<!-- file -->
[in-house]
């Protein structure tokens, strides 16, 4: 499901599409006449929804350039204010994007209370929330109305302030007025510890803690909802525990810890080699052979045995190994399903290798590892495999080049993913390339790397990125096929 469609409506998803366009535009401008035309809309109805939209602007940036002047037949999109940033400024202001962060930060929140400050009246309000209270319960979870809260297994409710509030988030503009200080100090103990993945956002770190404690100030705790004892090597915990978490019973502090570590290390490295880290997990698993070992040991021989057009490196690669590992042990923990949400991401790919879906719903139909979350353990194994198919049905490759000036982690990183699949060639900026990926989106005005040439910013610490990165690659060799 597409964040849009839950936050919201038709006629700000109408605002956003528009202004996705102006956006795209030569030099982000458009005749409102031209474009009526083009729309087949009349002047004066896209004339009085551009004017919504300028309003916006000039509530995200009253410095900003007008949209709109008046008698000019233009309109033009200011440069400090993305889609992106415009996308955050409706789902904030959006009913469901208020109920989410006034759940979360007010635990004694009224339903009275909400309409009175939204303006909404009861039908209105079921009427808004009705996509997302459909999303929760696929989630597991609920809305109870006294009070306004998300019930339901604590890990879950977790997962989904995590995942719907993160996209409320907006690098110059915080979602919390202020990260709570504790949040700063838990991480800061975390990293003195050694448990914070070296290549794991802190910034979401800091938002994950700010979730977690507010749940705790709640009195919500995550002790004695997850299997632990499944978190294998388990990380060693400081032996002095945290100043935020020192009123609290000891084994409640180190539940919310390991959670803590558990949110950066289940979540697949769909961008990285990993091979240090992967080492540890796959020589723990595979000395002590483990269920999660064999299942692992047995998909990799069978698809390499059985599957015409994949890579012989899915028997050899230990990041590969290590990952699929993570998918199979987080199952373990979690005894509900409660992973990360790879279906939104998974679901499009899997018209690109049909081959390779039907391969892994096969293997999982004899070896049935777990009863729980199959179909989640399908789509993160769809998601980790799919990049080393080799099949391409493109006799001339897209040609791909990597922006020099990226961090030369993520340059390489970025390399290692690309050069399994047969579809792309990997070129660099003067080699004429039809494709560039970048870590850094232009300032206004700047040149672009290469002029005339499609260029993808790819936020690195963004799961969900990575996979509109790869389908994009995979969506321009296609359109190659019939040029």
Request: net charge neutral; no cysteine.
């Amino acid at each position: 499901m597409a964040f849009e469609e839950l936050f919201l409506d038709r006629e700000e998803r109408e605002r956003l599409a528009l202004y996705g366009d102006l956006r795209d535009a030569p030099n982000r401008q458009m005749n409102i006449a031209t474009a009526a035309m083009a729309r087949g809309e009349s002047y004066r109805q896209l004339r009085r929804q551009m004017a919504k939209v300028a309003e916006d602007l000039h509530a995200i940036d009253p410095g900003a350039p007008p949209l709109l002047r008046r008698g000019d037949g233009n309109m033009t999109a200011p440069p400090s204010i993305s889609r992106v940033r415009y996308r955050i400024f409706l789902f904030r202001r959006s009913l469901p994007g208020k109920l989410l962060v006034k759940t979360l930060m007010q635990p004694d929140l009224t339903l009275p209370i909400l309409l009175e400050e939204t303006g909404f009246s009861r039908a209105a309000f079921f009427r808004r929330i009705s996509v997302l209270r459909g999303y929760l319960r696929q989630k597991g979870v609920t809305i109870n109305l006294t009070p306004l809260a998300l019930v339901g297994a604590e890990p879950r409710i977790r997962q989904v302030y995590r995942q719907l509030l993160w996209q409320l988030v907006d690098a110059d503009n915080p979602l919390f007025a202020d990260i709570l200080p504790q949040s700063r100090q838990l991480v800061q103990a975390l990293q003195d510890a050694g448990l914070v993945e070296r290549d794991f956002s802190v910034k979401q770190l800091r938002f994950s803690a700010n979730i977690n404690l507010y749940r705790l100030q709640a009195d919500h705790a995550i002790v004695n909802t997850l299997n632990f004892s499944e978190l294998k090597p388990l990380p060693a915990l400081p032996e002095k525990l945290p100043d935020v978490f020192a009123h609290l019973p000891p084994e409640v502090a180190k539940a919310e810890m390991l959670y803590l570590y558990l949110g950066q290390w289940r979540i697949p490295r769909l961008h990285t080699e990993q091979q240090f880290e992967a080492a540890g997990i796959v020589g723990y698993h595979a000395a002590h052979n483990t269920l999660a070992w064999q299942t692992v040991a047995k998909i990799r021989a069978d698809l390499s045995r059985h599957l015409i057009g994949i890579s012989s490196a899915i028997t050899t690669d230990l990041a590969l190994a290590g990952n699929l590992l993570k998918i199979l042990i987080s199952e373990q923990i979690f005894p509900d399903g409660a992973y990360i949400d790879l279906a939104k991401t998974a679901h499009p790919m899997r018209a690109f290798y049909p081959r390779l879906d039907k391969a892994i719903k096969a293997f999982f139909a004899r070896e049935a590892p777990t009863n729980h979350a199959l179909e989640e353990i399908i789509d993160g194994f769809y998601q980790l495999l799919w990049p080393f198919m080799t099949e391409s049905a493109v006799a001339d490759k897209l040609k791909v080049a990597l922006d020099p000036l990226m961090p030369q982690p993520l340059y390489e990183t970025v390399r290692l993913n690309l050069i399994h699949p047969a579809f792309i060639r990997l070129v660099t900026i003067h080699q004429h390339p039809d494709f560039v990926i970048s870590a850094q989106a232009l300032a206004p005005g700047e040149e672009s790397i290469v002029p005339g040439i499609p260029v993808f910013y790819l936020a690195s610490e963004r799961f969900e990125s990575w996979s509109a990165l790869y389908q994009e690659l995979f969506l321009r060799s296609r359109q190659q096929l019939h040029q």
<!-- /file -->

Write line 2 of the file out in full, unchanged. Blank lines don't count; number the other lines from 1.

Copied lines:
């Protein structure tokens, strides 16, 4: 499901599409006449929804350039204010994007209370929330109305302030007025510890803690909802525990810890080699052979045995190994399903290798590892495999080049993913390339790397990125096929 469609409506998803366009535009401008035309809309109805939209602007940036002047037949999109940033400024202001962060930060929140400050009246309000209270319960979870809260297994409710509030988030503009200080100090103990993945956002770190404690100030705790004892090597915990978490019973502090570590290390490295880290997990698993070992040991021989057009490196690669590992042990923990949400991401790919879906719903139909979350353990194994198919049905490759000036982690990183699949060639900026990926989106005005040439910013610490990165690659060799 597409964040849009839950936050919201038709006629700000109408605002956003528009202004996705102006956006795209030569030099982000458009005749409102031209474009009526083009729309087949009349002047004066896209004339009085551009004017919504300028309003916006000039509530995200009253410095900003007008949209709109008046008698000019233009309109033009200011440069400090993305889609992106415009996308955050409706789902904030959006009913469901208020109920989410006034759940979360007010635990004694009224339903009275909400309409009175939204303006909404009861039908209105079921009427808004009705996509997302459909999303929760696929989630597991609920809305109870006294009070306004998300019930339901604590890990879950977790997962989904995590995942719907993160996209409320907006690098110059915080979602919390202020990260709570504790949040700063838990991480800061975390990293003195050694448990914070070296290549794991802190910034979401800091938002994950700010979730977690507010749940705790709640009195919500995550002790004695997850299997632990499944978190294998388990990380060693400081032996002095945290100043935020020192009123609290000891084994409640180190539940919310390991959670803590558990949110950066289940979540697949769909961008990285990993091979240090992967080492540890796959020589723990595979000395002590483990269920999660064999299942692992047995998909990799069978698809390499059985599957015409994949890579012989899915028997050899230990990041590969290590990952699929993570998918199979987080199952373990979690005894509900409660992973990360790879279906939104998974679901499009899997018209690109049909081959390779039907391969892994096969293997999982004899070896049935777990009863729980199959179909989640399908789509993160769809998601980790799919990049080393080799099949391409493109006799001339897209040609791909990597922006020099990226961090030369993520340059390489970025390399290692690309050069399994047969579809792309990997070129660099003067080699004429039809494709560039970048870590850094232009300032206004700047040149672009290469002029005339499609260029993808790819936020690195963004799961969900990575996979509109790869389908994009995979969506321009296609359109190659019939040029």